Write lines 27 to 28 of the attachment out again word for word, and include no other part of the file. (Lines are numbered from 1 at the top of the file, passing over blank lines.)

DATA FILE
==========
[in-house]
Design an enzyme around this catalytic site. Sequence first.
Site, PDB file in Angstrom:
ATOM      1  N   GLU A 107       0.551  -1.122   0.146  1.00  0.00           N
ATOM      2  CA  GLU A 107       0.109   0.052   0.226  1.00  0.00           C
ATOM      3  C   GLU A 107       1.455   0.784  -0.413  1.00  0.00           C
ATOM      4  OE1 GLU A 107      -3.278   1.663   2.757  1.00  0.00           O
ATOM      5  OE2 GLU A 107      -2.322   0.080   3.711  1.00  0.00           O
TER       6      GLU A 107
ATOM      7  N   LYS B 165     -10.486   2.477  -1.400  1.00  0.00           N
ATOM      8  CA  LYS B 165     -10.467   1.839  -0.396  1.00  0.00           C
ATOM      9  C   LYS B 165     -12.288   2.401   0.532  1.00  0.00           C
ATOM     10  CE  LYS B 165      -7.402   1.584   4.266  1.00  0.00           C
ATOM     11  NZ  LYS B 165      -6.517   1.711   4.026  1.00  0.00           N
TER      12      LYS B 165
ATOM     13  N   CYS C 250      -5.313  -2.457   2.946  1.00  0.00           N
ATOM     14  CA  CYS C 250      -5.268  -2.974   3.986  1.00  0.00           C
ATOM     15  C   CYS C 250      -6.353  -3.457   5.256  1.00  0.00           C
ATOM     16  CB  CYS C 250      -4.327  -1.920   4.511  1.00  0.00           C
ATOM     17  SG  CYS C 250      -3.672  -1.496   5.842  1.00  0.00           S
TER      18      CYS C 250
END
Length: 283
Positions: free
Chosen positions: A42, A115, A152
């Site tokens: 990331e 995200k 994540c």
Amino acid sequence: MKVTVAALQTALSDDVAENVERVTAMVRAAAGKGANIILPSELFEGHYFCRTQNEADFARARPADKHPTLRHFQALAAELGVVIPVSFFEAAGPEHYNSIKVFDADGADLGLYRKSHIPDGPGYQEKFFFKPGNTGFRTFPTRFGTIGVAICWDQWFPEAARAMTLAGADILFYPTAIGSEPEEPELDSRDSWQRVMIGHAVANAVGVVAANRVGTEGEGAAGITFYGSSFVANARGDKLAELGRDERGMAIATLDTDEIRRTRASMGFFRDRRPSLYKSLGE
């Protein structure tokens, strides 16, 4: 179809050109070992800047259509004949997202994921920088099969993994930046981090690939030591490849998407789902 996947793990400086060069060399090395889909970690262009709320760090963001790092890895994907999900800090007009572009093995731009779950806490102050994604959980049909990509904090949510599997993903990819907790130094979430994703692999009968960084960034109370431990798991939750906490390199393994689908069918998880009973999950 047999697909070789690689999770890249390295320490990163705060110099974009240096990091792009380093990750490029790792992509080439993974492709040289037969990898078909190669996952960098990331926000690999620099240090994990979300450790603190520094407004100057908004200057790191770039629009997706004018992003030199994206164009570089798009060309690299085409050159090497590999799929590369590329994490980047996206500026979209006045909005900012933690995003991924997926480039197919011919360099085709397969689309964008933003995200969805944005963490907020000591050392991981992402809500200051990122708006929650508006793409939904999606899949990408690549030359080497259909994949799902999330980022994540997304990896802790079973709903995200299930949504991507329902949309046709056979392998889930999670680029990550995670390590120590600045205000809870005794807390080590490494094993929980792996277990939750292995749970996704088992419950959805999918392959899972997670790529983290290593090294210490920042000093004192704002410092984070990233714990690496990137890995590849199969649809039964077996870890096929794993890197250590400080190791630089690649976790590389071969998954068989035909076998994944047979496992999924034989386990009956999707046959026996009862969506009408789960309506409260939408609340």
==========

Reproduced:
Amino acid sequence: MKVTVAALQTALSDDVAENVERVTAMVRAAAGKGANIILPSELFEGHYFCRTQNEADFARARPADKHPTLRHFQALAAELGVVIPVSFFEAAGPEHYNSIKVFDADGADLGLYRKSHIPDGPGYQEKFFFKPGNTGFRTFPTRFGTIGVAICWDQWFPEAARAMTLAGADILFYPTAIGSEPEEPELDSRDSWQRVMIGHAVANAVGVVAANRVGTEGEGAAGITFYGSSFVANARGDKLAELGRDERGMAIATLDTDEIRRTRASMGFFRDRRPSLYKSLGE
């Protein structure tokens, strides 16, 4: 179809050109070992800047259509004949997202994921920088099969993994930046981090690939030591490849998407789902 996947793990400086060069060399090395889909970690262009709320760090963001790092890895994907999900800090007009572009093995731009779950806490102050994604959980049909990509904090949510599997993903990819907790130094979430994703692999009968960084960034109370431990798991939750906490390199393994689908069918998880009973999950 047999697909070789690689999770890249390295320490990163705060110099974009240096990091792009380093990750490029790792992509080439993974492709040289037969990898078909190669996952960098990331926000690999620099240090994990979300450790603190520094407004100057908004200057790191770039629009997706004018992003030199994206164009570089798009060309690299085409050159090497590999799929590369590329994490980047996206500026979209006045909005900012933690995003991924997926480039197919011919360099085709397969689309964008933003995200969805944005963490907020000591050392991981992402809500200051990122708006929650508006793409939904999606899949990408690549030359080497259909994949799902999330980022994540997304990896802790079973709903995200299930949504991507329902949309046709056979392998889930999670680029990550995670390590120590600045205000809870005794807390080590490494094993929980792996277990939750292995749970996704088992419950959805999918392959899972997670790529983290290593090294210490920042000093004192704002410092984070990233714990690496990137890995590849199969649809039964077996870890096929794993890197250590400080190791630089690649976790590389071969998954068989035909076998994944047979496992999924034989386990009956999707046959026996009862969506009408789960309506409260939408609340």